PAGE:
He finished with a 3.77 ERA (125 ERA+) and an impressive 230 strikeouts in 196 innings, good for a 4.7 WAR season. It looked like the Colorado Rockies had a pair of budding aces on their hands, but both pitchers took a step backward last year.
While Freeland was borderline unpitchable with an ugly 6.73 ERA, Marquez has a far more palatable 4.76 ERA and 1.20 WHIP. Thanks to pitching half his games at Coors Field, that still represented above-average production to the tune of a 109 ERA+ and 3.5 WAR.
All told, Marquez has now been worth 11.5 WAR over the past three seasons, making him one of the few reliable arms on a pitching staff that struggled mightily in 2019.
The 25-year-old has swing-and-miss stuff and has proven capable of handling Coors Field, which is something that few pitchers before him can claim.
Starting Pitcher: RHP Dinelson Lamet, San Diego Padres
Dinelson Lamet returned to the San Diego Padres rotation last July as something of a forgotten man.
After a strong debut in 2017, he missed the entire 2018 season recovering from Tommy John surgery. While he was away, young guys such as Fernando Tatis Jr. and Chris Paddack stole the spotlight.
That said, it did not take Lamet long to re-establish himself as one of baseball's most promising young pitchers upon returning to action.
In 14 starts last season, he posted a 4.07 ERA and 1.26 WHIP with an impressive 105 strikeouts in 73 innings, good for a 12.9 K/9 rate. That trailed only Gerrit Cole (13.8) and Chris Sale (13.3) among pitchers who started at least 10 games in 2019.
Armed with a fastball that averaged 96.0 mph and a lethal slider that limited opposing hitters to a .116 average and .078 ISO while accounting for 77 of his strikeouts, per Brooks Baseball, he has the stuff to give the Padres a huge boost as long as he can stay on the field.
The 27-year-old has racked up 244 strikeouts in 187.1 innings during his time in the majors, and a breakout season could be forthcoming in 2020.
Starting Pitcher: LHP Ryan Yarbrough, Tampa Bay Rays
Used as both a starter and a bulk reliever the past two seasons, Ryan Yarbrough has posted a 4.02 ERA and 1.15 WHIP in 289 innings with the Tampa Bay Rays the past two seasons.
In 14 starts and 14 relief appearances last year, he had a 3.55 FIP and 1.00 WHIP with 117 strikeouts in 141.2 innings, lowering his walk rate from 3.1 to 1.3 BB/9 in the process.
With Charlie Morton, Blake Snell and Tyler Glasnow penciled into the first three spots in the starting rotation, Yarbrough has a chance to be a serious weapon once again as the team's No. 4 starter or in a hybrid role.
According to Baseball Savant, the 28-year-old ranked among the MLB leaders in exit velocity allowed (100th percentile) and hard-hit rate allowed (99th percentile). Despite Brooks Baseball clocking his fastball at just 88.5 mph, he is as tough as any pitcher in baseball to square up.
Now, he is eyeing a full-time spot in the starting rotation.
"It's one of those things where I just try and show them, I've come in and shown I can compete for that [starter] role and prove to them that I can do that," Yarbrough told reporters during Spring Training. "Obviously, that's in my thought process a little bit."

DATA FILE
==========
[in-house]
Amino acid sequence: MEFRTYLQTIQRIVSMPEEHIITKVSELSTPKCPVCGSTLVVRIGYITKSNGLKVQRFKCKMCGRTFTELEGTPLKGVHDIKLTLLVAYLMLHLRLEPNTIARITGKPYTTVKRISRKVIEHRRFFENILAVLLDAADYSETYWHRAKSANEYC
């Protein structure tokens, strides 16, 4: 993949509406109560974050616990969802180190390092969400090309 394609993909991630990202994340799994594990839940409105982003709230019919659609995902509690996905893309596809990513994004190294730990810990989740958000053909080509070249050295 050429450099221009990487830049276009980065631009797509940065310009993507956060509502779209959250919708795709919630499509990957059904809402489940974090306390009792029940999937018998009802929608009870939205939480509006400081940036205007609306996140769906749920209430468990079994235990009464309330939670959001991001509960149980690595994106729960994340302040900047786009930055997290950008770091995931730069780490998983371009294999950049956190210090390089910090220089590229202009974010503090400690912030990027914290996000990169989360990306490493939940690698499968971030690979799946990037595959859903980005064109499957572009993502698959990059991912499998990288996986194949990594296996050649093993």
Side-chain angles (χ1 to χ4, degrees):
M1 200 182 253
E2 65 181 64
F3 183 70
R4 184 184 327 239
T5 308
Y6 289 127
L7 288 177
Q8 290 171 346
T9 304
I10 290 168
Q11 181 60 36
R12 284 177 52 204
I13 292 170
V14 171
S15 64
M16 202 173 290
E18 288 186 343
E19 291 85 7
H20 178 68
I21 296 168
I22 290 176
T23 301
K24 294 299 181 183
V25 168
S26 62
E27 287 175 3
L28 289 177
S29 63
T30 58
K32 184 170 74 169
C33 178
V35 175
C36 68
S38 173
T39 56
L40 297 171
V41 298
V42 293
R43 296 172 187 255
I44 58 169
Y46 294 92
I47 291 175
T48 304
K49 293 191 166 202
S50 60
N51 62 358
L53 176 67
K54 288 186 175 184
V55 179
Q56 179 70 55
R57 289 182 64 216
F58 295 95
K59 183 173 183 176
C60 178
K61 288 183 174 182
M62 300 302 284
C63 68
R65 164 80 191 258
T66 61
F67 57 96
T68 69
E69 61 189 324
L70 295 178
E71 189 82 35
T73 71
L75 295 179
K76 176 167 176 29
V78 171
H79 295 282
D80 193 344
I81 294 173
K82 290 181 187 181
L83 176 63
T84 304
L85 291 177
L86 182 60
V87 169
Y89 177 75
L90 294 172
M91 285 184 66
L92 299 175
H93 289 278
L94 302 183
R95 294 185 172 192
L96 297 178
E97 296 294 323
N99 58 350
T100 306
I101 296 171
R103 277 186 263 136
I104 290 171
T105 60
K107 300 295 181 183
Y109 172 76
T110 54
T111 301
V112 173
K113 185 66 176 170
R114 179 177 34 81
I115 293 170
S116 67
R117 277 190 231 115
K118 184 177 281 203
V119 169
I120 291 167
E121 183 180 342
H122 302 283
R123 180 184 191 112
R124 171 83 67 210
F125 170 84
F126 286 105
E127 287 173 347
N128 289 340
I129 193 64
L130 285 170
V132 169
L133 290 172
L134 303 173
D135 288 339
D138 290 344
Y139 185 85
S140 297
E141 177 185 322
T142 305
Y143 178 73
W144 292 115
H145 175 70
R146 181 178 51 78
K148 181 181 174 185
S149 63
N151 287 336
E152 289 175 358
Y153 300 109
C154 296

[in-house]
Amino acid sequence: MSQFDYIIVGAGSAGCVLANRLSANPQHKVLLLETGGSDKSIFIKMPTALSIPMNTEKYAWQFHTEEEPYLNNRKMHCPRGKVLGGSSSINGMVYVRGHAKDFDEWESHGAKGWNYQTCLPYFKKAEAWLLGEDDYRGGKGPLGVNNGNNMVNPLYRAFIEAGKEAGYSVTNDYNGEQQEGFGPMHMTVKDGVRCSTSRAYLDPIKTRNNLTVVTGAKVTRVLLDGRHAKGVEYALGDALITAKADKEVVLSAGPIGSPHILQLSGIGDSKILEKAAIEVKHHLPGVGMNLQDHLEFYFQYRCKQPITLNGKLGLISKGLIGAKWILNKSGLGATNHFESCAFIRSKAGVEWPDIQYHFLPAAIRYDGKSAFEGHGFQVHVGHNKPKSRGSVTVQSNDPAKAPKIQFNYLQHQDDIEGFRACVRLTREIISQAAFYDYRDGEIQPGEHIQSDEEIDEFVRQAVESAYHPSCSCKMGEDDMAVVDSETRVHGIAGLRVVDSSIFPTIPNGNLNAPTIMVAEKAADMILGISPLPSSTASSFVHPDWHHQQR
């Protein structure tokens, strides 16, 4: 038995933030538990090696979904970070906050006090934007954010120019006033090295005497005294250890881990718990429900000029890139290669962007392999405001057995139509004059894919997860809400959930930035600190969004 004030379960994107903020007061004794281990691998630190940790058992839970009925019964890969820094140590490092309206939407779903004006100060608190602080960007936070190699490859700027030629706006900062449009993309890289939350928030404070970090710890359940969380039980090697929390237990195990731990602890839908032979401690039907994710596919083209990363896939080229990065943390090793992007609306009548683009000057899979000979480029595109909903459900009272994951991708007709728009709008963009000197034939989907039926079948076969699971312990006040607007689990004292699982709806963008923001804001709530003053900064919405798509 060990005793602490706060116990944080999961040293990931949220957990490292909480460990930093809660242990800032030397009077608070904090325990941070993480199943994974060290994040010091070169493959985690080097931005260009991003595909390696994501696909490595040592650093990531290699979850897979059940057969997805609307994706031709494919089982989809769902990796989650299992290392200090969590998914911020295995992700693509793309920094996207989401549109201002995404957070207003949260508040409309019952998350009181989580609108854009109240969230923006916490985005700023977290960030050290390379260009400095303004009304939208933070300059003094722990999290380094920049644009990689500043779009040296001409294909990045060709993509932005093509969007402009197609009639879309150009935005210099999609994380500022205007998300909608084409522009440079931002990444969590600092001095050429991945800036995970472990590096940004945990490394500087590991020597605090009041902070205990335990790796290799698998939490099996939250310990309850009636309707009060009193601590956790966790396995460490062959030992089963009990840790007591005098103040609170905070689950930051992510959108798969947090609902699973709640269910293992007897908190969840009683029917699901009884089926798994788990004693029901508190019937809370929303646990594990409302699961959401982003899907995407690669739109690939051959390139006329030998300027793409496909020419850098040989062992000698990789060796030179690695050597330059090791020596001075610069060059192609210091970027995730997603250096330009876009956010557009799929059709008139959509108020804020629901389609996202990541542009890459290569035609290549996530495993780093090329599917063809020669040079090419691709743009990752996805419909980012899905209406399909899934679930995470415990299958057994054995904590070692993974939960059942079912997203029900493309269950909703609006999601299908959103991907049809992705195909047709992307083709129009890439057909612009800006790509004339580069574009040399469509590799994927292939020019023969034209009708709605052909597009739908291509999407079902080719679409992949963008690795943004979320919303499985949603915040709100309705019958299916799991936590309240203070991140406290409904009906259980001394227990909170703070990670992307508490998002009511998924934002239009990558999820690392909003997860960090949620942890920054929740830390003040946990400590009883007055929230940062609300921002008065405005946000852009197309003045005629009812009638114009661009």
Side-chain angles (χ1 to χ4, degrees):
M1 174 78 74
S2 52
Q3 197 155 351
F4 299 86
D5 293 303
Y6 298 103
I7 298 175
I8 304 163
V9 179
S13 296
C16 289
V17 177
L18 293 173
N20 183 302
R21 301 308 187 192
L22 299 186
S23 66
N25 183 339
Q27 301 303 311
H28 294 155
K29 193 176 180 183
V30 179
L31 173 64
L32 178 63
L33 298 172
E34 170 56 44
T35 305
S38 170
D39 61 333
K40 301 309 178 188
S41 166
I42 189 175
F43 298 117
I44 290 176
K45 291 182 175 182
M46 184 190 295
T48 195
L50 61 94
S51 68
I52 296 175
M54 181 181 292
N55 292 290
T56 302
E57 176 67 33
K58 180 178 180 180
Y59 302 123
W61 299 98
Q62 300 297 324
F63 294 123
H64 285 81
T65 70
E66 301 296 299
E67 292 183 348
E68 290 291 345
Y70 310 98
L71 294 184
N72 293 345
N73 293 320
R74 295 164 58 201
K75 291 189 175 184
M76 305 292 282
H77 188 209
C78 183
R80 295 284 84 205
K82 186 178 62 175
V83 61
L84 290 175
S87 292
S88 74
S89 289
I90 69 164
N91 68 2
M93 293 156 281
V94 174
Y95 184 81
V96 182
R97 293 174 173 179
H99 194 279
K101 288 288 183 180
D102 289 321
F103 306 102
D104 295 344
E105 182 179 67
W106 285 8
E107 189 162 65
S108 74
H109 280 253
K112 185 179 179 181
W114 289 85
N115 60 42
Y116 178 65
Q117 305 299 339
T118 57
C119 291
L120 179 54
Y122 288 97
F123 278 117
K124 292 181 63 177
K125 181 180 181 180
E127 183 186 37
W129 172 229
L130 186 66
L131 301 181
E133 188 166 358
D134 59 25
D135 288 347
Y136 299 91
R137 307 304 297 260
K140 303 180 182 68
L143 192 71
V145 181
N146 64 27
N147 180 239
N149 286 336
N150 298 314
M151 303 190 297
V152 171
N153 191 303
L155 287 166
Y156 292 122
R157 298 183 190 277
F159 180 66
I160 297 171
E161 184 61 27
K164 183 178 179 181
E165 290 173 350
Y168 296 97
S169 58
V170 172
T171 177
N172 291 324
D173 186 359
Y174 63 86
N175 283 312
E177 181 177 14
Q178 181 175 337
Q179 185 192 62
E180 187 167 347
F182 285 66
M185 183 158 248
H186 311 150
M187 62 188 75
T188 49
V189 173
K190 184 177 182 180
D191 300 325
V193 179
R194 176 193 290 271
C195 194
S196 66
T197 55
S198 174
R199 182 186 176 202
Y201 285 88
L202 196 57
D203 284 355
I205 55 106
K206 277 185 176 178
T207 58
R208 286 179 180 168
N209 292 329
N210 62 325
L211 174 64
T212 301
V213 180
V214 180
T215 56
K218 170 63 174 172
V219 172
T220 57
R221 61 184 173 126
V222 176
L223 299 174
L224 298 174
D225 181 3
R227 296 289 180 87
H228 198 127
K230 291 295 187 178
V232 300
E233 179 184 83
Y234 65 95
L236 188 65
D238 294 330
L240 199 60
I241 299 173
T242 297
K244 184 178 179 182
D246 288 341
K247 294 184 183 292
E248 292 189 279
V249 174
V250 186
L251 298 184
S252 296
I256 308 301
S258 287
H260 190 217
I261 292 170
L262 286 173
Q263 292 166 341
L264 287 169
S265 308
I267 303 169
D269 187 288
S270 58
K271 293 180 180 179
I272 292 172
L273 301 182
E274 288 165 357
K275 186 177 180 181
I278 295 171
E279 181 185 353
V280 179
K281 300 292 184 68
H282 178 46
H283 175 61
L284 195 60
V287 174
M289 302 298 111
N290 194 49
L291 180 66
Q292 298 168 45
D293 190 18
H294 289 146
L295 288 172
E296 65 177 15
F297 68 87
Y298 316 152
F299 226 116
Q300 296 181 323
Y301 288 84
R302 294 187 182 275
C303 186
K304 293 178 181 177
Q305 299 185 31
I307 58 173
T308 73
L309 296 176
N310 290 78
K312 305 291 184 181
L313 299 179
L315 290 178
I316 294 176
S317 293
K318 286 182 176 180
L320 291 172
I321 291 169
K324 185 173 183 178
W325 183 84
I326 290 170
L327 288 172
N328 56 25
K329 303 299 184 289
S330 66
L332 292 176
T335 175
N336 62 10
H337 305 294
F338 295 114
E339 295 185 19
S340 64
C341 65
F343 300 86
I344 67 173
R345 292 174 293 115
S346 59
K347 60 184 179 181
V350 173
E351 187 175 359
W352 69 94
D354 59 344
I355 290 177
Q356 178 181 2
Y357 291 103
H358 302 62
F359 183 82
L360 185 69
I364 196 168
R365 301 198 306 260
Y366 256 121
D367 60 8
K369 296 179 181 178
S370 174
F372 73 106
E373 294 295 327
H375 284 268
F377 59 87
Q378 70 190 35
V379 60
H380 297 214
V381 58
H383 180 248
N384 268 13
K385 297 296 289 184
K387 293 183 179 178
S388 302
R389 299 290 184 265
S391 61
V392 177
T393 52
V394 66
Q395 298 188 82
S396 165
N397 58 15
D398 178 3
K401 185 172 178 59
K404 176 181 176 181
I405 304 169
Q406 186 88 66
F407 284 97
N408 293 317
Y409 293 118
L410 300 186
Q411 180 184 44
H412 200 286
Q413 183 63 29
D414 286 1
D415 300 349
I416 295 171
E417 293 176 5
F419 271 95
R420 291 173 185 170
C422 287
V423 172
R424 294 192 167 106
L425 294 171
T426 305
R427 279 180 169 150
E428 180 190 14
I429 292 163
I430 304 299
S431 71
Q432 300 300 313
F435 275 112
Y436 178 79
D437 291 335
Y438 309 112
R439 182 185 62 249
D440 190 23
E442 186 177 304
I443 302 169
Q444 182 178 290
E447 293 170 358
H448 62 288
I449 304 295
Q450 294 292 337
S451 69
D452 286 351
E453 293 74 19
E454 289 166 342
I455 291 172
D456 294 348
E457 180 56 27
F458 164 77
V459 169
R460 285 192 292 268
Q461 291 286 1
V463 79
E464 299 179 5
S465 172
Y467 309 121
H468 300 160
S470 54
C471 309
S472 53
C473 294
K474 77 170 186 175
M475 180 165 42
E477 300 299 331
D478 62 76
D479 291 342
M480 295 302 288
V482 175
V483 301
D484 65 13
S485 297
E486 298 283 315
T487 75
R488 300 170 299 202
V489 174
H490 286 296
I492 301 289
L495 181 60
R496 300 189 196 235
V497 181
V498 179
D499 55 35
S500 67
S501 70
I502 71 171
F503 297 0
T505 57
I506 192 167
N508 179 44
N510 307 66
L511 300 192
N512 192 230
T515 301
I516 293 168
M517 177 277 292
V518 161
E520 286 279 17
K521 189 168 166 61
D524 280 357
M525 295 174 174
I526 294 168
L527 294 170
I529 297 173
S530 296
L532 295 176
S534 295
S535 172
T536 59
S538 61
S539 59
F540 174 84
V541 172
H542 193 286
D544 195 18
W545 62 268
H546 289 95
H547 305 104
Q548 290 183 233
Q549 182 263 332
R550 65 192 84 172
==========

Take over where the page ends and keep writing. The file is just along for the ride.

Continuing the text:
Regardless of his ultimate role, he's one of the most underrated pitchers in baseball.
Starting Pitcher: RHP Brad Keller, Kansas City Royals
Not all pitchers need to rack up strikeouts to be effective, and Brad Keller is the perfect example.
The 24-year-old has quietly emerged as a promising young starter for the Kansas City Royals after being selected in the 2017 Rule 5 draft, despite one of the lowest strikeout rates of any starter in baseball.
Among the 128 pitchers who have tallied at least 200 innings over the past two seasons, Keller ranks 121st with just 6.4 K/9.
Despite the lack of strikeouts, he has produced a 3.68 ERA (123 ERA+) and 6.2 WAR, emerge as one of the few long-term building blocks for the Royals at the MLB level in the process.
Armed with a heavy mid-90s fastball and an excellent sinker, Keller has logged a 52.0 percent ground-ball rate in his young career, and that has allowed him to pitch to contact more than the average starter.
The next step for Keller will be trimming a 3.8 BB/9 walk rate after he finished second in the AL with 70 walks in 2019. If he can do that, he has a chance to take another step forward.
For now, he is lining up to be the veteran anchor of a starting rotation that will soon feature top prospects Brady Singer, Jackson Kowar, Daniel Lynch and Kris Bubic.
Relief Pitcher: RHP Giovanny Gallegos, St. Louis Cardinals
Acquired from the New York Yankees in the Luke Voit trade, Giovanny Gallegos came to the St. Louis Cardinals with just 30.1 innings under his belt at the MLB level.
In parts of eight minor league seasons, he had a 2.78 ERA and 9.9 K/9, and he finally got a chance to show what he could do at the MLB level over a full season last year.
By season's end, he was one of the team's most reliable relief options.
The 28-year-old posted a 2.31 ERA and 0.81 WHIP with 19 holds in 66 appearances, racking up an impressive 93 strikeouts and just 16 walks in 74 innings.
That performance has him in the mix for the closer's role this spring.
"I'm confident in myself every time when I stand on the mound. And I keep working. Working hard is the key," Gallegos told reporters. "I try to stay ready for any situation. Any time, any situation. Help the team win a game."
Regardless of his role, his mix of swing-and-miss stuff and plus command will make him a key member of the St. Louis pitching staff in 2020.